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   Respectfully Quoted: A Dictionary of Quotations.  1989.
 
 
NUMBER:765
AUTHOR:James Madison (1751–1836)
QUOTATION:The genius of Republican liberty, seems to demand on one side, not only that all power should be derived from the people; but, that those entrusted with it should be kept in dependence on the people, by a short duration of their appointments; and, that, even during this short period, the trust should be placed not in a few, but in a number of hands. Stability, on the contrary, requires, that the hands, in which power is lodged, should continue for a length of time, the same. A frequent change of men will result from a frequent return of electors, and a frequent change of measures, from a frequent change of men; whilst energy in Government requires not only a certain duration of power, but the execution of it by a single hand.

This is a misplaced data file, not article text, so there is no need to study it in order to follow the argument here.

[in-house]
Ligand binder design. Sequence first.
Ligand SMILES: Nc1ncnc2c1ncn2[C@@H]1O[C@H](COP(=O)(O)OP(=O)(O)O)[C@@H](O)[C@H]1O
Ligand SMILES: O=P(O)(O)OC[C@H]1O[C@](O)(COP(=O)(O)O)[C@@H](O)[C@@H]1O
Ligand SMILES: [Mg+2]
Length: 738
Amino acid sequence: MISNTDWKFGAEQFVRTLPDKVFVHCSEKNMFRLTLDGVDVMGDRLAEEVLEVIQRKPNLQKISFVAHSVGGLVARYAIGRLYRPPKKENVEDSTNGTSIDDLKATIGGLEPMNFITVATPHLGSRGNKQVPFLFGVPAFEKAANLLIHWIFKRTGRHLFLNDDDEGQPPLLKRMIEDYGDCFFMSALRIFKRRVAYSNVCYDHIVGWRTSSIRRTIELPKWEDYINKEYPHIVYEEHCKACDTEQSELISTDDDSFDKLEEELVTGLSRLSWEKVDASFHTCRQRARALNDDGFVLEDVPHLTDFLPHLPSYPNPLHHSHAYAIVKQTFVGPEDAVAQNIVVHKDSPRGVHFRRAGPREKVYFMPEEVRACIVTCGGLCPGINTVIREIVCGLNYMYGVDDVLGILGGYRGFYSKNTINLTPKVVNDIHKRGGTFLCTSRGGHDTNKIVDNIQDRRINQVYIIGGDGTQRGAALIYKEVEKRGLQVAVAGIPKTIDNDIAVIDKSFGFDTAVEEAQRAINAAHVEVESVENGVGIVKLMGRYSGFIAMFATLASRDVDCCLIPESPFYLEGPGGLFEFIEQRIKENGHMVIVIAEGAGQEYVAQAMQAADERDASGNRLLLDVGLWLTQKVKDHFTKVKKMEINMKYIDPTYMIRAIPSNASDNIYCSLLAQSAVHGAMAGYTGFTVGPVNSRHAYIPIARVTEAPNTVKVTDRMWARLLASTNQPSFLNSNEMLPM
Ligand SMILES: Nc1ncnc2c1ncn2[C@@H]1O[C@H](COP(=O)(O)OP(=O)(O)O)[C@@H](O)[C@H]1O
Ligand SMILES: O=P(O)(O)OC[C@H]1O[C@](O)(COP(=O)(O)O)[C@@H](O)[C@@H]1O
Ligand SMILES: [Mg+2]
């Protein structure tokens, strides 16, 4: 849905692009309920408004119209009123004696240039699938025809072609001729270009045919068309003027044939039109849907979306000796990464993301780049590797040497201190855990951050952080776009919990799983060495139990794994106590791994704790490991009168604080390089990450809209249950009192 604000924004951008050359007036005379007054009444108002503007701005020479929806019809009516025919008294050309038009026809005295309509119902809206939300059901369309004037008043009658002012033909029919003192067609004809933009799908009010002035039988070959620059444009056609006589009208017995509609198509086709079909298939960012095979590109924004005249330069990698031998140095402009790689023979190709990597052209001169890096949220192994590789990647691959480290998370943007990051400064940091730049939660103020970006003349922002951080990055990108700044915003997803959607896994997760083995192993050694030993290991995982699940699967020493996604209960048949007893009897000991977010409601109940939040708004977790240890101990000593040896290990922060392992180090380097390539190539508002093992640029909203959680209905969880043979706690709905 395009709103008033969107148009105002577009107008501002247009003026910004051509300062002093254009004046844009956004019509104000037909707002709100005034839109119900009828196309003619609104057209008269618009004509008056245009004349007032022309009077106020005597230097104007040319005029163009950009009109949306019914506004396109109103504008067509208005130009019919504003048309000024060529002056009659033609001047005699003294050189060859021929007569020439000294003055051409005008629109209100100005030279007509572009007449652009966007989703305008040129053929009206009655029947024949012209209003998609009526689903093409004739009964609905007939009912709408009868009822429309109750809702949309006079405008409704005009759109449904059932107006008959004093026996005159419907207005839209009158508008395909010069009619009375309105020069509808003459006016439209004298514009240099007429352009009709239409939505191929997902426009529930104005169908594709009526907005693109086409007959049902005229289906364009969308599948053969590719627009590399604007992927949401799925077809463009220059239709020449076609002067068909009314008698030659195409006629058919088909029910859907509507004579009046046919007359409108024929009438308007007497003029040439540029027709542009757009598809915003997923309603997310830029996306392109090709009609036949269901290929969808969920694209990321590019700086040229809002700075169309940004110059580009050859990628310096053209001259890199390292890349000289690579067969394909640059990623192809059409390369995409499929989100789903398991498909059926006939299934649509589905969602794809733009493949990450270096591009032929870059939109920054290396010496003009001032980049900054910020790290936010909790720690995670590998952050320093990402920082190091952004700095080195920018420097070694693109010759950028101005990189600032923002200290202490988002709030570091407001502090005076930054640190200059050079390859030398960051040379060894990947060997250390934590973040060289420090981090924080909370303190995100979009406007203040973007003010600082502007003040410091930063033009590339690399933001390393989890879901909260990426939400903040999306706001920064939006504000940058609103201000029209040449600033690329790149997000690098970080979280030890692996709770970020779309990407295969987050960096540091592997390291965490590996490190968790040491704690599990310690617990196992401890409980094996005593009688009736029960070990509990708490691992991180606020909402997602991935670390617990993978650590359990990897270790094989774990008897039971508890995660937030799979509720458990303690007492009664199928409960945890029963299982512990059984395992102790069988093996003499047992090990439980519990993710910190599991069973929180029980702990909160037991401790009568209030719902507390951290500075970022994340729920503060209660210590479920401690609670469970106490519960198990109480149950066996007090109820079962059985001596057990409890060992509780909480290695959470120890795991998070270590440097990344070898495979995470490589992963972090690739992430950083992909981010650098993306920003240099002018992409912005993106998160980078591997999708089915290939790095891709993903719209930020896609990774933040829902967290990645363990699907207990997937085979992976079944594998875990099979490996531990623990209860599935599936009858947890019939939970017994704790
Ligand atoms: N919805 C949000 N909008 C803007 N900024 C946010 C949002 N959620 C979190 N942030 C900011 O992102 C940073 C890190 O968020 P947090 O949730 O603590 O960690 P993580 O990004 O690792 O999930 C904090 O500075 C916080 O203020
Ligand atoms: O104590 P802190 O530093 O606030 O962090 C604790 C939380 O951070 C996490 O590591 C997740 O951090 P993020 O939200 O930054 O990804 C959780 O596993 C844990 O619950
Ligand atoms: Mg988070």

ATTRIBUTION:JAMES MADISON, The Federalist, ed. Benjamin F. Wright, no. 37, p. 268 (1961).
SUBJECTS:Government—by the people
 
 
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